About the author

Paul Gibson ( is a partner in Heidrick & Struggles’ New York office and a member of the Financial Services Practice, where he leads the Consumer Financial Services segment in the Americas.


This article draws on the insights shared at a Risk Management Association panel discussion with Kieran Fallon, chief risk officer, PNC Financial Services Group; Melinda Davis Lux, executive vice president, general counsel, and corporate secretary at United Community Bank; and Michael Nassey, executive vice president and chief credit officer at FVCbank. The author wishes to thank these executives for sharing their insights; their views are personal and do not necessarily represent those of the organizations they are associated with.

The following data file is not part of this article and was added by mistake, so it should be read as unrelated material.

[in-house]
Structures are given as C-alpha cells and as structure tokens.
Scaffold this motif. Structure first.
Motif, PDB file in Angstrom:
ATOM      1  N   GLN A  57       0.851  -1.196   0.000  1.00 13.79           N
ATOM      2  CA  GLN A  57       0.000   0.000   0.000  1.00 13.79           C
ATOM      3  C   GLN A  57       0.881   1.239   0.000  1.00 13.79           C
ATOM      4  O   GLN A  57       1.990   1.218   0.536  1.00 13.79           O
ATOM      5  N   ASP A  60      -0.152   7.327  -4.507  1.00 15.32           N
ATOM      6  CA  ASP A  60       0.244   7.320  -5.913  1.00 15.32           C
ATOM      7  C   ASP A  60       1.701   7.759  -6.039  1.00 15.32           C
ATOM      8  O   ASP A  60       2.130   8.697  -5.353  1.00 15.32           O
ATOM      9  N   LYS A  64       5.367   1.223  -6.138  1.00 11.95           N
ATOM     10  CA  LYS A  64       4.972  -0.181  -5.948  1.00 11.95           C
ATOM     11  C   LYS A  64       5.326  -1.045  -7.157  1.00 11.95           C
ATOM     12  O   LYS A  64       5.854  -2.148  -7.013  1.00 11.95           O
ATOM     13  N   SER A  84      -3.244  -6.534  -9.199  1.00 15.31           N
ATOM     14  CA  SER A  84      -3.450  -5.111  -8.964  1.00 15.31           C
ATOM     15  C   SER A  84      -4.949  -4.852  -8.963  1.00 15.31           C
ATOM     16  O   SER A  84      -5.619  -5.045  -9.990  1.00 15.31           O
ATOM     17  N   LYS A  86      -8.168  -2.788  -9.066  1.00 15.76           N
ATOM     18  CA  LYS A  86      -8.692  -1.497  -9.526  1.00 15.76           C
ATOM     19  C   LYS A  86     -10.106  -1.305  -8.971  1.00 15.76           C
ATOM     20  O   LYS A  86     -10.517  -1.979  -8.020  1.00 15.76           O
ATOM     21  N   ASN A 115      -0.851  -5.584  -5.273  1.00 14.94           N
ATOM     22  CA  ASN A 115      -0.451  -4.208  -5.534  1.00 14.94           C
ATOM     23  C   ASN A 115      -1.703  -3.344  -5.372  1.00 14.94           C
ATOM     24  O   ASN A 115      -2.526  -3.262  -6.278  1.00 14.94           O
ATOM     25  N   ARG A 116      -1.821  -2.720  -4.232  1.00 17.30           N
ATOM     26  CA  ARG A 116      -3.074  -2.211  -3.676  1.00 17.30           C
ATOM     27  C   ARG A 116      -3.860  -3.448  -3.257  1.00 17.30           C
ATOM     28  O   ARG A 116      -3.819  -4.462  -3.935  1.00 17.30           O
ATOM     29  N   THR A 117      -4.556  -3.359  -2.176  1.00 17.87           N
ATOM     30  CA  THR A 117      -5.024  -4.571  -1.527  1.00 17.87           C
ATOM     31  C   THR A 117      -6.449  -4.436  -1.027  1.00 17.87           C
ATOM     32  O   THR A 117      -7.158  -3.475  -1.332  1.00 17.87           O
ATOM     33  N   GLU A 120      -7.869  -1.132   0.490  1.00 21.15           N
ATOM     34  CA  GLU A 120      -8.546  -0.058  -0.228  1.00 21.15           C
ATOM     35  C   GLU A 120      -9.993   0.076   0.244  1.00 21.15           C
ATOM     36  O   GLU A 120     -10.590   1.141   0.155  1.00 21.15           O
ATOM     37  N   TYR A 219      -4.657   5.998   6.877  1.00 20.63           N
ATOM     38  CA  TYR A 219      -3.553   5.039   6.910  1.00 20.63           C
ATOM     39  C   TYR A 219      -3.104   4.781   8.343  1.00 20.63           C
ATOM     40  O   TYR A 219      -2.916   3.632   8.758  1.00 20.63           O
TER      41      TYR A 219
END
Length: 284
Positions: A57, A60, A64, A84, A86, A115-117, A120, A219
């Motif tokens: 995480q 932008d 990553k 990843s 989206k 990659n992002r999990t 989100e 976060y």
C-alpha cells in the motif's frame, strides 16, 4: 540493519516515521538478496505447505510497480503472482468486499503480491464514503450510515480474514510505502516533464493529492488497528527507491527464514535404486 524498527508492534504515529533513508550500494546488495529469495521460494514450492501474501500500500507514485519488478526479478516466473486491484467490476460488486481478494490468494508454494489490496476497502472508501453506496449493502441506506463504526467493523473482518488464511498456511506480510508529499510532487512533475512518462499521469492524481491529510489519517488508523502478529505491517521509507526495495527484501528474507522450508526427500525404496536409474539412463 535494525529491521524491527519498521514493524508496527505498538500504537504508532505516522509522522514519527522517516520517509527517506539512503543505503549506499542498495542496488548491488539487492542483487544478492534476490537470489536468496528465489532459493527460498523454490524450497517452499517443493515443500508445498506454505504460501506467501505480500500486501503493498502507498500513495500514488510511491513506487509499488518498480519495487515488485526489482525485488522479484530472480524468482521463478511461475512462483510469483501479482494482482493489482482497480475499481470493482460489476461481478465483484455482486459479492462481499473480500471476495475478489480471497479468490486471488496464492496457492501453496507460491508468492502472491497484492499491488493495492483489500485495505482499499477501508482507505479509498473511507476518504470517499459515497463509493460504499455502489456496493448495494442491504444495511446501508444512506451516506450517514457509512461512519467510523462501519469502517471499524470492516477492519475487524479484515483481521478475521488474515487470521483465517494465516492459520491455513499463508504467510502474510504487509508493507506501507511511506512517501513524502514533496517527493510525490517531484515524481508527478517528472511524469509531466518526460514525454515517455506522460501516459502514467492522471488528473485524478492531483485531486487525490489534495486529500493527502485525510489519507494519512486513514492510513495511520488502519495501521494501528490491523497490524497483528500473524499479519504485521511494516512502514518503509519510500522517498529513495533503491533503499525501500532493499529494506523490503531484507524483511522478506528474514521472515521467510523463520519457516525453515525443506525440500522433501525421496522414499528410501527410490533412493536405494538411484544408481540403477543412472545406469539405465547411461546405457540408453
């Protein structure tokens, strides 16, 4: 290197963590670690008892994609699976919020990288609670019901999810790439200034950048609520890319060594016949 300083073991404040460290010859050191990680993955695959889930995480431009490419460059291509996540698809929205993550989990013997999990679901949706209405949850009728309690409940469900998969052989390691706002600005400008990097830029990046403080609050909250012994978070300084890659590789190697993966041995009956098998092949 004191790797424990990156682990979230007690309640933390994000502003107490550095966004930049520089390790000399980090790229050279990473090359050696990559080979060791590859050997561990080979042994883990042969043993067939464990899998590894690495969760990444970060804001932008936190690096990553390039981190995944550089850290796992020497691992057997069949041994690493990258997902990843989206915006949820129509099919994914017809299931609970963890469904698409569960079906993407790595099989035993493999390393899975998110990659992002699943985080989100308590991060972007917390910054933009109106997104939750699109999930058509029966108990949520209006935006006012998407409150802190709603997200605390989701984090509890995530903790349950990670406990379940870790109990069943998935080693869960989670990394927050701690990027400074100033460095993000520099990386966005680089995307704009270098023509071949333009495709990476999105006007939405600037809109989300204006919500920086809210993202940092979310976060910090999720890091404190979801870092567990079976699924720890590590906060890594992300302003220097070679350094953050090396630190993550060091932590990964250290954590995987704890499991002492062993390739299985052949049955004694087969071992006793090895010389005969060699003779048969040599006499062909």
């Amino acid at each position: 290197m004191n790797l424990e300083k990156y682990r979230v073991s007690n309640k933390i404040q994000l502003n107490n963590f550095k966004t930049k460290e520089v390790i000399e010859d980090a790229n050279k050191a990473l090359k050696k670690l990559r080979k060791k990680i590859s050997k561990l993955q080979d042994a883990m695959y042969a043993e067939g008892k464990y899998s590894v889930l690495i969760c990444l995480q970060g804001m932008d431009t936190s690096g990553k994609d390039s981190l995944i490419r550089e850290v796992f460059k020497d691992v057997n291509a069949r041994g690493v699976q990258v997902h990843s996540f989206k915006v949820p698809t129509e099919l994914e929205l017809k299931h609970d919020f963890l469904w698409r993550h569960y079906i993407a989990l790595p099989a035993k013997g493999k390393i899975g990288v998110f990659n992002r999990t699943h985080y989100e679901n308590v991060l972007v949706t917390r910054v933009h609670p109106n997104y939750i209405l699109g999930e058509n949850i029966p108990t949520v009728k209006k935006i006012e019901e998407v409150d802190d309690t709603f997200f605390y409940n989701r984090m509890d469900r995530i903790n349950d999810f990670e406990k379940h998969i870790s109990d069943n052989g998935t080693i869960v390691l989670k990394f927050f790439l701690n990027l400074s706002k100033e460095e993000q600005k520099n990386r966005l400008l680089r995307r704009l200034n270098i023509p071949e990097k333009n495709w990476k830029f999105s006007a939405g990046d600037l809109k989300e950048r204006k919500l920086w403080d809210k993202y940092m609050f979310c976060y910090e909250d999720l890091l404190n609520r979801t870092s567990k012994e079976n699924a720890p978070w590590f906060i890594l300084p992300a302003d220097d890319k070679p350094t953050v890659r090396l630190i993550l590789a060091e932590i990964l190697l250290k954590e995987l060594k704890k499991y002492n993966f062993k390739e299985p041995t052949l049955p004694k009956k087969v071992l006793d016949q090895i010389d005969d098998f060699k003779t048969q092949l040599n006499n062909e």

1 Elizabeth Langel and Sarah Sliva, “Financial services focus: The emerging role of the climate risk officer,” Heidrick & Struggles,

2 Heidrick & Struggles analysis.

3 Proprietary Risk Management Association (RMA) data, shared with Heidrick & Struggles.

Mark Jackson, “Financial services: Ensuring the next generation of risk leaders is ready,” Heidrick & Struggles,

For more on building agility for long-term strength, see Rose Gailey, Steven Krupp, and Laura Leigh Neville, “Synchronizing leadership and culture for breakthrough success,” Heidrick & Struggles,